- Strauss, J & Thomas, D, 1996. "Measurment and Mismeasurement of Social Indicators," Papers 96-15, RAND - Reprint Series.
- Janet Currie & Matthew Neidell, 2004.
"Air Pollution and Infant Health: What Can We Learn From California's Recent Experience,"
NBER Working Papers
10251, National Bureau of Economic Research, Inc.
- Janet Currie & Matthew Neidell, 2005. "Air Pollution and Infant Health: What Can We Learn from California's Recent Experience?," The Quarterly Journal of Economics, MIT Press, vol. 120(3), pages 1003-1030, August.
- Currie, Janet & Neidell, Matthew, 2004. "Air Pollution and Infant Health: What Can We Learn From California's Recent Experience?," IZA Discussion Papers 1056, Institute for the Study of Labor (IZA).
- Neidell, Matthew J., 2004. "Air pollution, health, and socio-economic status: the effect of outdoor air quality on childhood asthma," Journal of Health Economics, Elsevier, vol. 23(6), pages 1209-1236, November.
- Coneus, Katja & Spieß, Christa Katharina, 2008. "The Intergenerational Transmission of Health in Early Childhood," ZEW Discussion Papers 08-073, ZEW - Zentrum für Europäische Wirtschaftsforschung / Center for European Economic Research.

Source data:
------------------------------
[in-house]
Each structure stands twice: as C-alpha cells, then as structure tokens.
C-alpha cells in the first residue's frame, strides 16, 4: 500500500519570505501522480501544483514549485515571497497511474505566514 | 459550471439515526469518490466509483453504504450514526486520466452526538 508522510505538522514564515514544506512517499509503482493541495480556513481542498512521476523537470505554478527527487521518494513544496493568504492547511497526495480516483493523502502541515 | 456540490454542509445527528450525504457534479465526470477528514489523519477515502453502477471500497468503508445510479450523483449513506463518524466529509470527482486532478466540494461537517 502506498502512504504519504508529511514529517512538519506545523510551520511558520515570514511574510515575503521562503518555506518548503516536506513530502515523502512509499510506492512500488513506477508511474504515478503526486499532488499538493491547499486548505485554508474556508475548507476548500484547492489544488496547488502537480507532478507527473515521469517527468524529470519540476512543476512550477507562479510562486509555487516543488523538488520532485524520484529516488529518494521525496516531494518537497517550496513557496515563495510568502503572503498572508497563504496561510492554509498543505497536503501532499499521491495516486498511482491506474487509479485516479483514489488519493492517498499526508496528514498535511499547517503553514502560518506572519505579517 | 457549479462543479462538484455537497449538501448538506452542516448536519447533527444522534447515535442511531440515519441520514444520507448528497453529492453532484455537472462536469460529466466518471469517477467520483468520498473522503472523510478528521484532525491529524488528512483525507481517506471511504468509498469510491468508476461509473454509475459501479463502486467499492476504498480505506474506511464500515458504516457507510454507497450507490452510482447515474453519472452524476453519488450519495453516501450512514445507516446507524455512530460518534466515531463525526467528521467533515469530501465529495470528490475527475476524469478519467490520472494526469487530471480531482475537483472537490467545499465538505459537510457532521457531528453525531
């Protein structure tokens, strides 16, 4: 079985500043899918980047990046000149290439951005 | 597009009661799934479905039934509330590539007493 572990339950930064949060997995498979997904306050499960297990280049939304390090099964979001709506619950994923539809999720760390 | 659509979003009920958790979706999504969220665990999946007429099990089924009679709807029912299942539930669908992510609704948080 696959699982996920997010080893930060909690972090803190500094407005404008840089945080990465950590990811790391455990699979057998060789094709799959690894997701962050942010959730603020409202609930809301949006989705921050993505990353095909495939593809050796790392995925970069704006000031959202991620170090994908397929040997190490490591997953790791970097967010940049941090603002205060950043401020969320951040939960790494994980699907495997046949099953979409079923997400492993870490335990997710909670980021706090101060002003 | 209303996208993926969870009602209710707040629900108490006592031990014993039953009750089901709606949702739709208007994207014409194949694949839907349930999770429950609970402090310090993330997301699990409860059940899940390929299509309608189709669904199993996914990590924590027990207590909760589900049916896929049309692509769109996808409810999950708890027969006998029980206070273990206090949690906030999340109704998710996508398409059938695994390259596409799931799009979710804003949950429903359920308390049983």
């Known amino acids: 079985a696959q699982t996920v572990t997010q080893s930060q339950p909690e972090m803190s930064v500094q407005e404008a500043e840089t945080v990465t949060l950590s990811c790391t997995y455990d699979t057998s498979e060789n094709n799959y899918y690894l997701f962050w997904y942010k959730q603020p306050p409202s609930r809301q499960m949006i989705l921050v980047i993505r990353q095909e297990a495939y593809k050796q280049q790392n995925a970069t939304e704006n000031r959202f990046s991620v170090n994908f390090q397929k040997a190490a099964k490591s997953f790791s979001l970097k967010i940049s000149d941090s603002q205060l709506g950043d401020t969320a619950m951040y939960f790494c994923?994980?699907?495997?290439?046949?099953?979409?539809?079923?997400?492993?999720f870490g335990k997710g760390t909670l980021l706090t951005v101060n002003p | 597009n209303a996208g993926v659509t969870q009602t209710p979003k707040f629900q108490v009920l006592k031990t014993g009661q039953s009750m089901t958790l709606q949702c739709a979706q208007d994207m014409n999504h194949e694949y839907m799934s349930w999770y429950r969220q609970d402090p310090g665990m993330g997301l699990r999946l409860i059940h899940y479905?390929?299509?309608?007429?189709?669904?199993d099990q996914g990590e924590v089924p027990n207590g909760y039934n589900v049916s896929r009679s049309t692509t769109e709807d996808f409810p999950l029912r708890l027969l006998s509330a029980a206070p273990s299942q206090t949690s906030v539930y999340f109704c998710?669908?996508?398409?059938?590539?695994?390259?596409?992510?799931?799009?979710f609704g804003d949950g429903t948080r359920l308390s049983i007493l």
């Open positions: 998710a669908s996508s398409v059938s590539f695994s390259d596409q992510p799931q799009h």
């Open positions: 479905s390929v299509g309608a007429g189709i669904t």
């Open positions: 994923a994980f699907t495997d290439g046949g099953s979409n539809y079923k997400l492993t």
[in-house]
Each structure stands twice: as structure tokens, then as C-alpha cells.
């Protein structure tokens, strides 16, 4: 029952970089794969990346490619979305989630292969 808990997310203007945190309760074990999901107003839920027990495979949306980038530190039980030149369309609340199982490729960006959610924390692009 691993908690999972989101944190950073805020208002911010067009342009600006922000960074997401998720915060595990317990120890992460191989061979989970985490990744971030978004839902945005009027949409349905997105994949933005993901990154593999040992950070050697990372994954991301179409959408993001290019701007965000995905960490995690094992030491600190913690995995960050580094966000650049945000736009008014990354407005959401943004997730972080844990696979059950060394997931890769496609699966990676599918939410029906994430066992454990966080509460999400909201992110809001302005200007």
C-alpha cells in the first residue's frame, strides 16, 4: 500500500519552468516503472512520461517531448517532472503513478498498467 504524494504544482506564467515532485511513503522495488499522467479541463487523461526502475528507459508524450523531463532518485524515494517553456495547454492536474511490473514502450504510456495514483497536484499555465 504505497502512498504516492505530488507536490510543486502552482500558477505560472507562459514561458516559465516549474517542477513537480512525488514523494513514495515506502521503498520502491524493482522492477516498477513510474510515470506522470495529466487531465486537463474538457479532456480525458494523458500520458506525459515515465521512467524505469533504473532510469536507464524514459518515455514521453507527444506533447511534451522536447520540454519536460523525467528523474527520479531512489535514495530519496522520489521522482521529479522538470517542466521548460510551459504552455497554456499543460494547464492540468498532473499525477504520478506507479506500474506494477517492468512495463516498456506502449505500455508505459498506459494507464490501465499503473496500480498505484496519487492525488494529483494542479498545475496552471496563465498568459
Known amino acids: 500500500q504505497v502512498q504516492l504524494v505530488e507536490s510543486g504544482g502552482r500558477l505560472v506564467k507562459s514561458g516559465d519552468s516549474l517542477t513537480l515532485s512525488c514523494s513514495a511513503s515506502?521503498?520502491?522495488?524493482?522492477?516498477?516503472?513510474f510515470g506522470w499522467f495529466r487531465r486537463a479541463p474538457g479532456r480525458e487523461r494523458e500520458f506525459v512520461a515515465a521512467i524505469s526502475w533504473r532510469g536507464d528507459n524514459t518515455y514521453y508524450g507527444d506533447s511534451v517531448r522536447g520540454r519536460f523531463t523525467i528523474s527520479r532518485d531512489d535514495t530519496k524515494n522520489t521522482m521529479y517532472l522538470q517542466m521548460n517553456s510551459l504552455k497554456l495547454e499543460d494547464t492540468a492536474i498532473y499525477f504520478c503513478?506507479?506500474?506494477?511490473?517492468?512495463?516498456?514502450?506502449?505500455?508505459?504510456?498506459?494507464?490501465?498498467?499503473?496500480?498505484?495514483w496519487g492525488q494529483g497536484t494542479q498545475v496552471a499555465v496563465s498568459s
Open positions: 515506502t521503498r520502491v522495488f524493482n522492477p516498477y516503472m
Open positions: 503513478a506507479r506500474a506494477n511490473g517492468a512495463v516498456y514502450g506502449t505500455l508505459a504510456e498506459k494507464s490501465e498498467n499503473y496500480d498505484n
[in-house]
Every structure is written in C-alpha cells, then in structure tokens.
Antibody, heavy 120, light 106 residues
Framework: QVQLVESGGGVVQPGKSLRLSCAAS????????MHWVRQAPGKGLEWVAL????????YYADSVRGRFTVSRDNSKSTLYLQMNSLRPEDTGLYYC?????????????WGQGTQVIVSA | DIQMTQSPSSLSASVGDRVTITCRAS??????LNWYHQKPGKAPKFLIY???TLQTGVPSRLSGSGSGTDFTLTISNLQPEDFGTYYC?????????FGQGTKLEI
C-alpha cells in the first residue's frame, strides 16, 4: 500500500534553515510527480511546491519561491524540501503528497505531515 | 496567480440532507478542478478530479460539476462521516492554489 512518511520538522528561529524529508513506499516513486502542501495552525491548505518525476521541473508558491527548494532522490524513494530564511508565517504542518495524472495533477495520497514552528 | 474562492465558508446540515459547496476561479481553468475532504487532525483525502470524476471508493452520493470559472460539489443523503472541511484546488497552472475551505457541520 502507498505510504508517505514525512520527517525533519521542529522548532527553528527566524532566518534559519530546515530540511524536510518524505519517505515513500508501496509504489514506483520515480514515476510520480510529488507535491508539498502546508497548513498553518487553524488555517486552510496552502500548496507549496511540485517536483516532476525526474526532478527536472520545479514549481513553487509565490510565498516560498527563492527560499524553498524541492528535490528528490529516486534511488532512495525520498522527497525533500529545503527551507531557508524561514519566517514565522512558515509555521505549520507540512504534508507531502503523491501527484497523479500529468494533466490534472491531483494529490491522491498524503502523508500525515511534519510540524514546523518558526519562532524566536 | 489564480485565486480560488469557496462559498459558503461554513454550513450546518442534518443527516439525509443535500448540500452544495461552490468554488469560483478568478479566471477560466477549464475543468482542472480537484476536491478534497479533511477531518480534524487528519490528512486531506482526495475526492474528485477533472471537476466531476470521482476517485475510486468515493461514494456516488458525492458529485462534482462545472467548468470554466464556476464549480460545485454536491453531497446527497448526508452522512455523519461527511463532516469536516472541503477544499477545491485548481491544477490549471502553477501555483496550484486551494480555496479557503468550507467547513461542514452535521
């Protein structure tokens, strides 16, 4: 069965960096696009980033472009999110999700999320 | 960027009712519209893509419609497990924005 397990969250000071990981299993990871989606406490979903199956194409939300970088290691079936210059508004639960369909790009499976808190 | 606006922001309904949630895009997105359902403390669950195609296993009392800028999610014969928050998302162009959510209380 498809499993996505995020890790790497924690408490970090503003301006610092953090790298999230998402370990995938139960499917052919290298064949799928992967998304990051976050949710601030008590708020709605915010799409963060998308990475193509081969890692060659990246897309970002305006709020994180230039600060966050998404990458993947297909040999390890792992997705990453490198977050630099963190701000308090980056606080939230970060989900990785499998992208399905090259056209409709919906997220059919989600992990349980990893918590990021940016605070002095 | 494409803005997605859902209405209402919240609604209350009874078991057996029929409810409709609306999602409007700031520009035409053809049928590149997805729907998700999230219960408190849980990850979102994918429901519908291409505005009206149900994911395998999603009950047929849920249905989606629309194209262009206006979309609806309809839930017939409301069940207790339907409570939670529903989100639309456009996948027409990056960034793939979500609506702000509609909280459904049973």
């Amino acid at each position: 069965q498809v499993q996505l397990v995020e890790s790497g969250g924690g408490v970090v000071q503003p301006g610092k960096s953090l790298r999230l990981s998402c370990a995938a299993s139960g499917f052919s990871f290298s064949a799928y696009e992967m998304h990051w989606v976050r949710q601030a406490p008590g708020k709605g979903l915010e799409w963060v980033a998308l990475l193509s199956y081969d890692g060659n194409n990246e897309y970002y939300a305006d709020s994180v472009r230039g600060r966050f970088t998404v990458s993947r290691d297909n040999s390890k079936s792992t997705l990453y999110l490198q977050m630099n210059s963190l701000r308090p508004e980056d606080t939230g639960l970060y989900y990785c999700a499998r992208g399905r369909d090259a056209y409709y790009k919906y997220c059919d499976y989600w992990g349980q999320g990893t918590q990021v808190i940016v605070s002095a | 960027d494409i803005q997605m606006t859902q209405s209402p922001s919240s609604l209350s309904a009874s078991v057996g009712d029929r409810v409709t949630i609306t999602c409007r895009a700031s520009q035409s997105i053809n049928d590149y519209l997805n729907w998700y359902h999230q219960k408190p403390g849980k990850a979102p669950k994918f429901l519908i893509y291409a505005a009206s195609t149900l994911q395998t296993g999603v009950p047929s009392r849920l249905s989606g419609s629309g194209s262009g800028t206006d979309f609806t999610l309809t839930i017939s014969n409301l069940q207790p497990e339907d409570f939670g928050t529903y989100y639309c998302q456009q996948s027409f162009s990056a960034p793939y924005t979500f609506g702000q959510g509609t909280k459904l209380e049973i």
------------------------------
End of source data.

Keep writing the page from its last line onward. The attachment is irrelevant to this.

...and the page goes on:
For technical questions regarding this item, or to correct its authors, title, abstract, bibliographic or download information, contact: (Bibliothek).
If you have authored this item and are not yet registered with RePEc, we encourage you to do it here. This allows to link your profile to this item. It also allows you to accept potential citations to this item that we are uncertain about.
If references are entirely missing, you can add them using this form.
If the full references list an item that is present in RePEc, but the system did not link to it, you can help with this form.
If you know of missing items citing this one, you can help us creating those links by adding the relevant references in the same way as above, for each refering item. If you are a registered author of this item, you may also want to check the "citations" tab in your profile, as there may be some citations waiting for confirmation.
Please note that corrections may take a couple of weeks to filter through the various RePEc services.